Matthew Hutson, English 111, Brown University (1998)

Sven Birkits distrusts the oncoming power of simulated authority, as it has little grounding in what he considers our natural roots.

Woven into this expanding web--pervading our academic institutions and trickling down into the mass media by way of high-brow journalism, film, and now, [William James?] fears, the Internet--is a nihilistic "postmodern culture" with its "vast fabric of competing isms," chief among them a terrorizing "absolute relativism" (228). (source)

Yet how do these "isms" differ from, say, Catholocism? Or spiritualism in general? Baudrillard has much to say about the simulacra of religion in Simulacra and Simulation:

. . . What becomes of the divinity when it reveals itself in icons, when it is multiplied in simulacra? Does it remain the supreme power that is simply incarnated in images as a visible theology? Or does it volatize itself in the simulacra that, alone, deploy their power and pomp of fascination -- the visible machinery of icons substituted for the pure and intelligible idea of God? (4)

Although we can integrate symbols and icons into our tangible lives, we remind ourselves that these merely hint at the true, infinite nature of our selected deity/deities. Signs like the cross or the swastika or the schwa spread easily and stick in one's head, yet they hold no substance in and of themselves; they each represent a larger concept that one cannot grasp fully. This sound a lot like the world wide web; the WWW is a world too large to comprehend in its entirety, so we must construct manageable, symbolic interfaces for the effective navigation throughout a sea of information. Steven Johnson goes on in his book, Interface Culture, about the nature of these interfaces:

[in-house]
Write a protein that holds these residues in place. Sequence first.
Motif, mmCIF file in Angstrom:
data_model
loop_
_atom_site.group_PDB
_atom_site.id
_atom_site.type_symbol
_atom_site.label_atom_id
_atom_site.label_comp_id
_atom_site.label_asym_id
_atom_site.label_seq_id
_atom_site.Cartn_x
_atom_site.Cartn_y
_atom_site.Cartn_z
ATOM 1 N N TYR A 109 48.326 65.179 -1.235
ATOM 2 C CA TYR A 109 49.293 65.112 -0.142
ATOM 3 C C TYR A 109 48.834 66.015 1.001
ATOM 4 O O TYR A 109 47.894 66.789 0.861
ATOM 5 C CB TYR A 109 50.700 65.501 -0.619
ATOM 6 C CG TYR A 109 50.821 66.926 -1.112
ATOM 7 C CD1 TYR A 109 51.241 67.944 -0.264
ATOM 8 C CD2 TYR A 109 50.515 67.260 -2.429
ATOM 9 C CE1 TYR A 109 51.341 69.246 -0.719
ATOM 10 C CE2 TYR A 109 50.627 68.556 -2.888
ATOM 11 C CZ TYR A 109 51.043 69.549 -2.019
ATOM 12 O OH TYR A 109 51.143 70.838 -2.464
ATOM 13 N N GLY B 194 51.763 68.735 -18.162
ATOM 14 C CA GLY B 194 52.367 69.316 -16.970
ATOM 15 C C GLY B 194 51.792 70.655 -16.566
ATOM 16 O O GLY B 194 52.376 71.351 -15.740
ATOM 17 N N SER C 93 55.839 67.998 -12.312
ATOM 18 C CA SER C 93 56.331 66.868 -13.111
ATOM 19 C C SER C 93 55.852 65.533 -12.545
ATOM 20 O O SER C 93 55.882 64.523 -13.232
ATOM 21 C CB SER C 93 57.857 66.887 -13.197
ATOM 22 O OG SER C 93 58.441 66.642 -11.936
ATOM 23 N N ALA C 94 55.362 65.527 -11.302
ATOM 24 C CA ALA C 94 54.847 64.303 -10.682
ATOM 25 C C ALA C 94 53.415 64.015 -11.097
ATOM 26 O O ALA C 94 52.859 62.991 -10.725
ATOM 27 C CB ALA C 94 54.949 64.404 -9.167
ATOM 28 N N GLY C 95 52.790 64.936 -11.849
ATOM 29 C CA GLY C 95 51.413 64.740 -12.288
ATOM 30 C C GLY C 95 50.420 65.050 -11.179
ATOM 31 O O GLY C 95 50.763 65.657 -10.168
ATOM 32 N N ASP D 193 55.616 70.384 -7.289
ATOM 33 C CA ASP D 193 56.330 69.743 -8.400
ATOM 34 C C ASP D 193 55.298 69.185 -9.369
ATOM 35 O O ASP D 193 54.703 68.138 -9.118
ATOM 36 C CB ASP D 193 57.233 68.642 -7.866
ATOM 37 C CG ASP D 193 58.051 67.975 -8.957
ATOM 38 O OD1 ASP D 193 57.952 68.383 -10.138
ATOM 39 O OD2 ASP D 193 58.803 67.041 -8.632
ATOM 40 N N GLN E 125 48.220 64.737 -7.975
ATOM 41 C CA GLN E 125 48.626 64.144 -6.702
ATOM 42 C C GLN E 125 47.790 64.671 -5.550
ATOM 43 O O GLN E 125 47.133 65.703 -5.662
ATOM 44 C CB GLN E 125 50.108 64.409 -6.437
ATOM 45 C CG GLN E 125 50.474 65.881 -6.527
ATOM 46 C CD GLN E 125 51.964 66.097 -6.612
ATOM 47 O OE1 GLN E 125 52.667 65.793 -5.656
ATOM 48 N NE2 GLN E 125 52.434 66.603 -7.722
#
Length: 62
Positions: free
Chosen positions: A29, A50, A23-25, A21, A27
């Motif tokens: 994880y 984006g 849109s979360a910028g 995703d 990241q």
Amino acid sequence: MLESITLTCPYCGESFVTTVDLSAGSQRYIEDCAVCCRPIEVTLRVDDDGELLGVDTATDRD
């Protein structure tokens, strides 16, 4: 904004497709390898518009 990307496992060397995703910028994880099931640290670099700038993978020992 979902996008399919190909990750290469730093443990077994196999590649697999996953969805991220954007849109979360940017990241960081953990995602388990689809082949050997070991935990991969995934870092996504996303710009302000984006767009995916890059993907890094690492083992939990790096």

When I think about the gap between raw information and its numinous life on the screen -- something I try to avoid doing, because it is a dark and difficult thought, more than a little like contemplating the age of the universe -- the whole sensation has a strangely religious feel to it, that sense of the mind trying to reach around a vibrant (and convenient) metaphor to the wider truth that lies beyond. Cathedrals, remember, were "infinity imagined," the heavens brought down to earthly scale. The medieval mind couldn't take in the full infinity of godliness, but it could subjugate itself before the majestic spires of Chartres or Saint-Sulpice. The interface offers a comparable sidelong view onto the infosphere, half unveiling and half disappearing act. It makes information sensible to you by keeping most of it from view -- for the simple reason that "most of it" is far too multitudinous to imagine in a single thought.

Others have also suggested that the digital world is taking us full circle back to a spiritual realm where gods are more real than people. Timothy Leary, in his book Chaos and Cyberculture, describes this succinctly:

A Definition of "Spiritual" Could Be "Digital."

Recite to yourself some of the traditional attributes of the word "spiritual": mythic, magical, ethereal, incorporeal, intangible, nonmaterial, disembodied, ideal, platonic. Is that not a definition of the electronic-digital?

The quantum-electronic universe of information defines the new spiritual state. These "spiritual" realms, over centuries imagined, may, perhaps, now be realized! The more philosophic among us find this philosophically intoxicating.

Granting digital technology the power of deity also allows attribution of evil. Some fear that within our emerging cyberculture lurks The Devil.

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